Iconography of the Holidays:
Iconography (the symbols and motifs used in visual and musical art to represent something else) is strongest and most clear for the Day of Secession, rather than the Sancta New Year.
Iconography of the Day of Secession focuses primarily on a wintery dawn, representing both the holiday’s placement in the calendar but also its role as the awaking of a new Sandus in both season (winter, early spring) and in time (sunrise, dawn). The colours used in this holiday’s iconography include the colours lavender, amethyst, and purple: all colours found at a late-winter/early-spring sunrise. A focus is often placed on land- and seascapes with the sun’s rays and corona being a profound element of the visual artwork; in music, melodies used to symbolise the dawn and spring are often used, in addition to chords which express both pride and activity. Music often begins on low notes and slow tempo, before rising in both pitch and speed — songs used in previous Sandum musical concerts for this holiday often finish abruptly, representing a short span of the Spring season. Lavender plants, violets, and other purple-coloured plants are often a focus of this holiday and, so, are encouraged in use. National colours (Prussian blue and white) and national emblems are also encouraged to be used. Literature and poetry representing the visual and political themes of pride, freedom, love of country, yearning, Spring, and so on may be used, as congruent with the iconography found above.
Iconography of the Sancta New Year may focus on the traditional holidays of the Regifugia and the Matronalia specifically, though Sandum iconography tends to focus on the dawn and Spring (instead of Roman iconography). The difference expressed between the Sancta New Year and the Day of Secession in relation to the dawn and Spring is primarily through colour and type of images. Whereas the Day of Secession shows an early sunrise often in the mid- to late-Winter, the Sancta New Year depicts a more mature Spring and sunrise. In terms of colour, the Day of Secession focuses on shades of purple whereas the Sancta New Year focuses on Spring-like greens and yellows. Other visual elements include tall grasses, which have been used in previous posters. Music often includes the same elements of the Day of Secession, however, though with less of an association with freedom and independence than with renewal and invigoration for work done in the New Year.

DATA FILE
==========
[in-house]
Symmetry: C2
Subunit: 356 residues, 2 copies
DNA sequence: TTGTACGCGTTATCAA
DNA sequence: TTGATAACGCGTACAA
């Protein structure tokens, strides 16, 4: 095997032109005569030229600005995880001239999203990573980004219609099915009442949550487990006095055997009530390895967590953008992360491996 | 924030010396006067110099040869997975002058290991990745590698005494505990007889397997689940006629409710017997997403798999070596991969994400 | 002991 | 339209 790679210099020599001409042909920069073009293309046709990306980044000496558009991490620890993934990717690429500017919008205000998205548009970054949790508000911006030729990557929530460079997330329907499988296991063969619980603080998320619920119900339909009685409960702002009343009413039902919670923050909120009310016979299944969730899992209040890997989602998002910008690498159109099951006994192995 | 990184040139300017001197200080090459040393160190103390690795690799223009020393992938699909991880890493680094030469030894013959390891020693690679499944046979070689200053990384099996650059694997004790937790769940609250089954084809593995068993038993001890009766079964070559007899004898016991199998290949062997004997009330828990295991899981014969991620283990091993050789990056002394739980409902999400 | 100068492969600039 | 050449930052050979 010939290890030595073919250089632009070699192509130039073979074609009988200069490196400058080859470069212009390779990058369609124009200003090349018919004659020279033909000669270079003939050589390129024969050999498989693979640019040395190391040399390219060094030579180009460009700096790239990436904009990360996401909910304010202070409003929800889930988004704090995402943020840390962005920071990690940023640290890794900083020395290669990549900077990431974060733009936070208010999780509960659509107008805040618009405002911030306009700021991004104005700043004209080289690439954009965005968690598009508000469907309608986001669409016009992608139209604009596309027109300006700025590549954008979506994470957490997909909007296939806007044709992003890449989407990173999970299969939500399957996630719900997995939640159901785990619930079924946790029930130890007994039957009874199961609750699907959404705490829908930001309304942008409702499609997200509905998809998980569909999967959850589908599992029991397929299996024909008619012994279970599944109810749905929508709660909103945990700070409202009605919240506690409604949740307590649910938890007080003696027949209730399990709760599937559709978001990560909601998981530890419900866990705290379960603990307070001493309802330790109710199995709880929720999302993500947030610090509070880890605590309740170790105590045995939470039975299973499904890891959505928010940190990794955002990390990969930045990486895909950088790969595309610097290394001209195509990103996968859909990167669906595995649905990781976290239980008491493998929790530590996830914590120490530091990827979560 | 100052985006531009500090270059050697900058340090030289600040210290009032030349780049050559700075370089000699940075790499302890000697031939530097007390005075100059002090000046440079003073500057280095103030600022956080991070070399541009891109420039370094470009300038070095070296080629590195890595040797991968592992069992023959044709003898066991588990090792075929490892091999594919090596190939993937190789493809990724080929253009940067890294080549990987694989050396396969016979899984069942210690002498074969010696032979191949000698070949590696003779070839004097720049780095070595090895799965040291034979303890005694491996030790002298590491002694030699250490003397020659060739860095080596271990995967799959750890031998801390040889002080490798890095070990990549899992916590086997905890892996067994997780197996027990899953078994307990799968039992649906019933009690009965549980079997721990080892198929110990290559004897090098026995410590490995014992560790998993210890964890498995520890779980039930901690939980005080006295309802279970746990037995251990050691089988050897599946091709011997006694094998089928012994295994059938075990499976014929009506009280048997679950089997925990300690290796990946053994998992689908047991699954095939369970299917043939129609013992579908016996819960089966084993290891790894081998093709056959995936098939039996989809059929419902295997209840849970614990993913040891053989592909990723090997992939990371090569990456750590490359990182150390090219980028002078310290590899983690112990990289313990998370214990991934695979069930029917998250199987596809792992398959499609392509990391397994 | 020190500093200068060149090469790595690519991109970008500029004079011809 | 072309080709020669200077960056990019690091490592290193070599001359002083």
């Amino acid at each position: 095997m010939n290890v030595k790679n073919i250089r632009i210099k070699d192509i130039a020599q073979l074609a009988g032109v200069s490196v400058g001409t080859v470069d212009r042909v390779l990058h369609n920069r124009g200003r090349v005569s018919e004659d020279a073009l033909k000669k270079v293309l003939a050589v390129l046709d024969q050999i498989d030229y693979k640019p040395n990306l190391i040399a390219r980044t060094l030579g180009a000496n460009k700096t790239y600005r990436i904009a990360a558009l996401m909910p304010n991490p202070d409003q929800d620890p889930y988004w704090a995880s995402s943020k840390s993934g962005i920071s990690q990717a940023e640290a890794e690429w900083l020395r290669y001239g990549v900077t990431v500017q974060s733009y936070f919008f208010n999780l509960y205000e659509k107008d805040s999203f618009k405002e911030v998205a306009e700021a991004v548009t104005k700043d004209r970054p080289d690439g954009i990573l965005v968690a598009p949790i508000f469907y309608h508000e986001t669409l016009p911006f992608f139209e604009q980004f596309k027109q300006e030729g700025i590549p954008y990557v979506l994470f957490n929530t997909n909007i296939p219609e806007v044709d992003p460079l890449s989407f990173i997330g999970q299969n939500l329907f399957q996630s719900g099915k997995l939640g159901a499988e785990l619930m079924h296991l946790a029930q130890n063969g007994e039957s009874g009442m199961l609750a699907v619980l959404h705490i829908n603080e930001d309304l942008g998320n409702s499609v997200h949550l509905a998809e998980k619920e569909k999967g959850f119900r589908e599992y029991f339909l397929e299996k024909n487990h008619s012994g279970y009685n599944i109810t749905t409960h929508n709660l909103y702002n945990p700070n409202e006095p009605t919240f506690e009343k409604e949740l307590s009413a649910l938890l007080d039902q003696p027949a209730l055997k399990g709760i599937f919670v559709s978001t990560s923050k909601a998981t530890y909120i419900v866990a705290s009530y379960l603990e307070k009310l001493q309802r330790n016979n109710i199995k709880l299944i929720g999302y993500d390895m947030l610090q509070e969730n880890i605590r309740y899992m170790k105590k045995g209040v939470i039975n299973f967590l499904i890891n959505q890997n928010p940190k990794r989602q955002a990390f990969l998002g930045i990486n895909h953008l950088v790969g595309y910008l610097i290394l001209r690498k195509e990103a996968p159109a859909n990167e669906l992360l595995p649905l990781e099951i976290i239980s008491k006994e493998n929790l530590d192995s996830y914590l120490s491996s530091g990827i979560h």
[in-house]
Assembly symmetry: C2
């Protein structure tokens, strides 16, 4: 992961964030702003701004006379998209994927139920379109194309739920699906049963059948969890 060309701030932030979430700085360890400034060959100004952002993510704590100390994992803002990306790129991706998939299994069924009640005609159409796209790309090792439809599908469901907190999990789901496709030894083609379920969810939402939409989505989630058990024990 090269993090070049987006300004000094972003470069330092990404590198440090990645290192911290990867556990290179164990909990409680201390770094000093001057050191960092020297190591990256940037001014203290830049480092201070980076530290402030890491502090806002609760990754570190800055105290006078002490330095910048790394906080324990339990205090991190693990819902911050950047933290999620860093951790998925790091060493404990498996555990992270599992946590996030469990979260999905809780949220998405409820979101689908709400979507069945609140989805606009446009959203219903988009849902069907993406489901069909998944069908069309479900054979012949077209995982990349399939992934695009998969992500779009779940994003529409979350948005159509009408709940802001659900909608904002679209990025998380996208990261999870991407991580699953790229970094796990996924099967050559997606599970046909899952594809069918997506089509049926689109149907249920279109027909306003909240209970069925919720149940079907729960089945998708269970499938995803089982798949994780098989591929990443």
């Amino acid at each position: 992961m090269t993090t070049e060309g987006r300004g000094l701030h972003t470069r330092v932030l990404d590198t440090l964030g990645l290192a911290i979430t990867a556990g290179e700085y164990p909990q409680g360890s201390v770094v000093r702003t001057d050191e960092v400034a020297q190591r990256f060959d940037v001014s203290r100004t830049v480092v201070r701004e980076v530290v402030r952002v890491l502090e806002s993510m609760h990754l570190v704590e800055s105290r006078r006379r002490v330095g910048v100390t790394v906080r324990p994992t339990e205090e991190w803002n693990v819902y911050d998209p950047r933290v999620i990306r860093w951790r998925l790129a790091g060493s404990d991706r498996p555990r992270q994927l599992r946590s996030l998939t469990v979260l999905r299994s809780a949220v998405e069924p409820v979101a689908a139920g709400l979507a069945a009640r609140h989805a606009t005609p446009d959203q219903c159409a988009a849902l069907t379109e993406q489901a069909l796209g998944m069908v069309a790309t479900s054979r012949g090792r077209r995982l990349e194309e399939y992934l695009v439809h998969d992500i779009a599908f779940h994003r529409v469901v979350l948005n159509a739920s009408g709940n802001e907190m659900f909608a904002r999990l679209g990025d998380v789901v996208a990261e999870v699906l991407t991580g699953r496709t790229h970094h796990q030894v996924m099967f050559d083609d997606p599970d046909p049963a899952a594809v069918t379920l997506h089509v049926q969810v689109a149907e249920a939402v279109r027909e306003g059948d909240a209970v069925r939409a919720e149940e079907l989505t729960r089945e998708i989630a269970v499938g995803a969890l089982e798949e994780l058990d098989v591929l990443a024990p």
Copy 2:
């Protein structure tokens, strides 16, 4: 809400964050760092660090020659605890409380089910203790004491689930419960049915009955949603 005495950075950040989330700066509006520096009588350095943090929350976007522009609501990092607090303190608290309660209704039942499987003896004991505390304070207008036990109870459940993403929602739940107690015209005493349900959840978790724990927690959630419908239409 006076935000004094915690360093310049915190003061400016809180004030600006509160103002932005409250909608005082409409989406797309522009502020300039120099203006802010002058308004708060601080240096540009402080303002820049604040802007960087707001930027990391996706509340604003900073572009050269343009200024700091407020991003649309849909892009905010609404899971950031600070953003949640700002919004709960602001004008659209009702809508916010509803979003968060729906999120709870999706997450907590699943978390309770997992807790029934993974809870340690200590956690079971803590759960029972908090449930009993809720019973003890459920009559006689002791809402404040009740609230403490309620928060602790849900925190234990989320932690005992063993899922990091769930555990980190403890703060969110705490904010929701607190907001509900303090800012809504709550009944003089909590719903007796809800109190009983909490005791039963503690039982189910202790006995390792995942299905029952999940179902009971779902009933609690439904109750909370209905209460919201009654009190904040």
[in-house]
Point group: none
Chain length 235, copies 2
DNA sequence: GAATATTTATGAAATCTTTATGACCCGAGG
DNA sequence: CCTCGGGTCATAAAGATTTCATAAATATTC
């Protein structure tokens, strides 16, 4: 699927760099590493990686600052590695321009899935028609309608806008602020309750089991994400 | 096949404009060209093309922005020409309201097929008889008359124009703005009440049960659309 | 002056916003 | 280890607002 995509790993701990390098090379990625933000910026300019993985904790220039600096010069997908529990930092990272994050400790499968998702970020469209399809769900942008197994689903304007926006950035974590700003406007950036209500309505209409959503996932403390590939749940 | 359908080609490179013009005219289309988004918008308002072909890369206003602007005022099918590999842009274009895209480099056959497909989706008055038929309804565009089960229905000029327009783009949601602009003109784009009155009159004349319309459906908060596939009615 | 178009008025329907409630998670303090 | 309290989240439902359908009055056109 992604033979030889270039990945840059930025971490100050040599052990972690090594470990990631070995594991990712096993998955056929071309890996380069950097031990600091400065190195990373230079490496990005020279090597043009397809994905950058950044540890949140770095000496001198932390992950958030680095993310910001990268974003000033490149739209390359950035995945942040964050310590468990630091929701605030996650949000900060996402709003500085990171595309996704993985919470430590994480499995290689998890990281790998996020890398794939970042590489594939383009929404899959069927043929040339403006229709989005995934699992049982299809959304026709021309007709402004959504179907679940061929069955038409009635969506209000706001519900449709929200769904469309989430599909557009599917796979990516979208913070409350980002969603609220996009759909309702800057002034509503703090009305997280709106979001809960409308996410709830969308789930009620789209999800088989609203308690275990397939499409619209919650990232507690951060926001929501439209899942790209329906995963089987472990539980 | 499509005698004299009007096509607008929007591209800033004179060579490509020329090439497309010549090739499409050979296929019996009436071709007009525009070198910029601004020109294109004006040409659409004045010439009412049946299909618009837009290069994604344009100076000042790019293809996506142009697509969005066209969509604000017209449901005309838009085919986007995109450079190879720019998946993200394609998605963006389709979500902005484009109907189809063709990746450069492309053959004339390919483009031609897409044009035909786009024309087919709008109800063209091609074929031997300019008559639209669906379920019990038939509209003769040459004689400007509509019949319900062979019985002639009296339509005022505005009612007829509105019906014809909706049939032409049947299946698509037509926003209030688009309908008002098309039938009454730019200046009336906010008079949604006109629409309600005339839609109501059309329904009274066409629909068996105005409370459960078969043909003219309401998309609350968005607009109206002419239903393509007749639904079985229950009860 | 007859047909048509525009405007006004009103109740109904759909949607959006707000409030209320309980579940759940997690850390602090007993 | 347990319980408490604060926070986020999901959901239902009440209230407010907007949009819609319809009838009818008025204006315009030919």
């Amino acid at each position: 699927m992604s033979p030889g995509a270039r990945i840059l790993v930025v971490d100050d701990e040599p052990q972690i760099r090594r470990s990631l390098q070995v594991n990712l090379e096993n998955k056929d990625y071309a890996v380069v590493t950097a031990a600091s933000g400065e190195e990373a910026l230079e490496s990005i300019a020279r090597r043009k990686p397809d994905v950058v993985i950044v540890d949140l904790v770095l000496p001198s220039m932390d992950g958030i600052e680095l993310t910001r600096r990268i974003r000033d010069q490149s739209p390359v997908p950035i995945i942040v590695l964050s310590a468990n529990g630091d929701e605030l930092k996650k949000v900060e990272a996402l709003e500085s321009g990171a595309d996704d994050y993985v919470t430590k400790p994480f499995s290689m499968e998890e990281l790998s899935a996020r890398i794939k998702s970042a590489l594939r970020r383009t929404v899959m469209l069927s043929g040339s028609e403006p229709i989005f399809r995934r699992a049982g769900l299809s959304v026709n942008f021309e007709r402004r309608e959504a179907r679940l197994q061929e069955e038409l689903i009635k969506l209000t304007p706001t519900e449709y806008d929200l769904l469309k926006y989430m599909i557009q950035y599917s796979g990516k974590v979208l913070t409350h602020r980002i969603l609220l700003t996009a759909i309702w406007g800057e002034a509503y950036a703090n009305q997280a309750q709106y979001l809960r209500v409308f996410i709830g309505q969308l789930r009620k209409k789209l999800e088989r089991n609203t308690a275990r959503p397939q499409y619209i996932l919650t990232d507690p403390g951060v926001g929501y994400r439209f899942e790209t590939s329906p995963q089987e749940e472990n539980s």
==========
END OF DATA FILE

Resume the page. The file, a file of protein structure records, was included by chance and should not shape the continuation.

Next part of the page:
Taking these iconographic elements into mind is helpful but not altogether necessary. You are encouraged to think outside the box and for yourself to create an interesting cultural product for the Day of Secession and/or the Sancta New Year. It can be anything — visual, musical, digital, etc. Your use of symbols and motifs should focus on the basic themes surrounding the holidays, however, but you are encouraged to think critically and freely as to what you choose.